"Davidson sprang instantly out of the boat, threw up the skylight flap, and had a glimpse of the men down there crouching round the hatch. They looked up scared, and at that moment the Frenchman outside the door bellowed out 'Trahison--trahison!' They bolted out of the cabin, falling over each other and swearing awfully. The shot Davidson let off down the skylight had hit no one; but he ran to the edge of the cabin-top and at once opened fire at the dark shapes rushing about the deck. These shots were returned, and a rapid fusillade burst out, reports and flashes, Davidson dodging behind a ventilator and pulling the trigger till his revolver clicked, and then throwing it down to take the other in his right hand.
"He had been hearing in the din the Frenchman's infuriated yells 'Tuez-le! tuez-le!' above the fierce cursing of the others. But though they fired at him they were only thinking of clearing out. In the flashes of the last shots Davidson saw them scrambling over the rail. That he had hit more than one he was certain. Two different voices had cried out in pain. But apparently none of them were disabled.
"Davidson leaned against the bulwark reloading his revolver without haste. He had not the slightest apprehension of their coming back. On the other hand, he had no intention of pursuing them on shore in the dark. What they were doing he had no idea. Looking to their hurts probably. Not very far from the bank the invisible Frenchman was blaspheming and cursing his associates, his luck, and all the world. He ceased; then with a sudden, vengeful yell, 'It's that woman!--it's that woman that has sold us,' was heard running off in the night.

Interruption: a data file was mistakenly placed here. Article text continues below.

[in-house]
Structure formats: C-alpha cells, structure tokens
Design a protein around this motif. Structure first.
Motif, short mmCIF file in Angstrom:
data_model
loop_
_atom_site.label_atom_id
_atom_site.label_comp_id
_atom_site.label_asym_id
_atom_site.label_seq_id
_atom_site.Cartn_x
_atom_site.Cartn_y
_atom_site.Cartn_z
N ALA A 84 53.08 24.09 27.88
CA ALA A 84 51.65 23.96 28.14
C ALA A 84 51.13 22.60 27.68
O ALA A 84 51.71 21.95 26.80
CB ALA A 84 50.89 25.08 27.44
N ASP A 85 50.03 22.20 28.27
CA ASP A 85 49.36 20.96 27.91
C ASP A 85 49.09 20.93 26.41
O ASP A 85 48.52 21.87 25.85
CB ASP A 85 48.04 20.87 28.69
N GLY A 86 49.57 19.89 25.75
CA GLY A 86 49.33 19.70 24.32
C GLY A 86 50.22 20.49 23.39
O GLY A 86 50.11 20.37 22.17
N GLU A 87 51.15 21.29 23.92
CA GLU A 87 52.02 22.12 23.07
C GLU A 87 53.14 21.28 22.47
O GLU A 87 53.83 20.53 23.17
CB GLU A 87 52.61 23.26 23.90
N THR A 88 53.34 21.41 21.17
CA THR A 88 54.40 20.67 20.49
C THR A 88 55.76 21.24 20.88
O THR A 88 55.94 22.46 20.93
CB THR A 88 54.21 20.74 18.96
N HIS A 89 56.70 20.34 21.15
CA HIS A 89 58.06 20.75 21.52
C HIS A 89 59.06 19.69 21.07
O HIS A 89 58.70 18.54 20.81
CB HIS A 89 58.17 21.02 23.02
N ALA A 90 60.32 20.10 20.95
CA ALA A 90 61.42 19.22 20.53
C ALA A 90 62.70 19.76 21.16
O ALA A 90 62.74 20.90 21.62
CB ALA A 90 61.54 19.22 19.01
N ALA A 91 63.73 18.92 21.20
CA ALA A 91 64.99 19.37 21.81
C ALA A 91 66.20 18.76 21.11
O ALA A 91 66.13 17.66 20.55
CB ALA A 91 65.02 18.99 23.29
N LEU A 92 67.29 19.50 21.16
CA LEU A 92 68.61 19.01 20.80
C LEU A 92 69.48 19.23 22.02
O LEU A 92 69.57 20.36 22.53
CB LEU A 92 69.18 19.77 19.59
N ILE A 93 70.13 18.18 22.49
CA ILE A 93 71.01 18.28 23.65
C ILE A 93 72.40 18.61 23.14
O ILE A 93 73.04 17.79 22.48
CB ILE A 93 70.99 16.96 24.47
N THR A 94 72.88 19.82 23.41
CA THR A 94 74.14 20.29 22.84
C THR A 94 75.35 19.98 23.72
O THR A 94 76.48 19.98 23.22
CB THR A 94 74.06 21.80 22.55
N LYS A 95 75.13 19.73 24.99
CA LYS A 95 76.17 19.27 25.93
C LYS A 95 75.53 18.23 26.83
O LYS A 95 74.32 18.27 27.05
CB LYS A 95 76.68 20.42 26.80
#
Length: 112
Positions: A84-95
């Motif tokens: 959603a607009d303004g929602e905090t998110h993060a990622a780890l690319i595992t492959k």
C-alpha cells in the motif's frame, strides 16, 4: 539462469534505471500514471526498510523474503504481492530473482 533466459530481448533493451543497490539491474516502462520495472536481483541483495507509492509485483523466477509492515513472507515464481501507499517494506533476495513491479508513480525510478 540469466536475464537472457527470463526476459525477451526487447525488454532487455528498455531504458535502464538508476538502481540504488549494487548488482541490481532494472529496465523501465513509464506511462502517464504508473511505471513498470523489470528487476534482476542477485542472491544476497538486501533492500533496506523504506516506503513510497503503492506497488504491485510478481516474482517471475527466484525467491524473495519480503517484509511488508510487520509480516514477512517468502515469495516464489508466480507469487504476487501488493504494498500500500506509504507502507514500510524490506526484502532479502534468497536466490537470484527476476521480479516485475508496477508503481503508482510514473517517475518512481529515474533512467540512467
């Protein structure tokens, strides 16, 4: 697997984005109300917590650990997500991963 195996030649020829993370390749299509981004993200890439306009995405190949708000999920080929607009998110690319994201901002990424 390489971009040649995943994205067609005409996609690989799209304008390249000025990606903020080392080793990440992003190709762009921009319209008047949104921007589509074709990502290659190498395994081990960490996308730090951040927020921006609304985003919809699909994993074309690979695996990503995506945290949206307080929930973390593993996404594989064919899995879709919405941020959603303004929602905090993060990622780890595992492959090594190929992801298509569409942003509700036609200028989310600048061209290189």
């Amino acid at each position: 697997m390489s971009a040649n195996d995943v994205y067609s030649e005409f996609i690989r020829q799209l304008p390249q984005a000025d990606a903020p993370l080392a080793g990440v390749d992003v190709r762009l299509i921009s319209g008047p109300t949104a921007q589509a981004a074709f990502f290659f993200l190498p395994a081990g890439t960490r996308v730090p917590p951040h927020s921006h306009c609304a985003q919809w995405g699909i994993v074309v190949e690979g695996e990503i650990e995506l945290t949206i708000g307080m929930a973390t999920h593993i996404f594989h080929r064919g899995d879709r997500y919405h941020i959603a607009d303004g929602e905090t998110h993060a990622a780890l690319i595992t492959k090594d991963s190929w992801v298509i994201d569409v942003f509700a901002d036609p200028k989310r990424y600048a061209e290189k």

"Davidson caught his breath in a sudden pang of remorse. He perceived with dismay that the stratagem of his defence had given Anne away. He did not hesitate a moment. It was for him to save her now. He leaped ashore. But even as he landed on the wharf he heard a shrill shriek which pierced his very soul.
"The light was still burning in the house. Davidson, revolver in hand, was making for it when another shriek, away to his left, made him change his direction.
"He changed his direction--but very soon he stopped. It was then that he hesitated in cruel perplexity. He guessed what had happened. The woman had managed to escape from the house in some way, and now was being chased in the open by the infuriated Frenchman. He trusted she would try to run on board for protection.
"All was still around Davidson. Whether she had run on board or not, this silence meant that the Frenchman had lost her in the dark.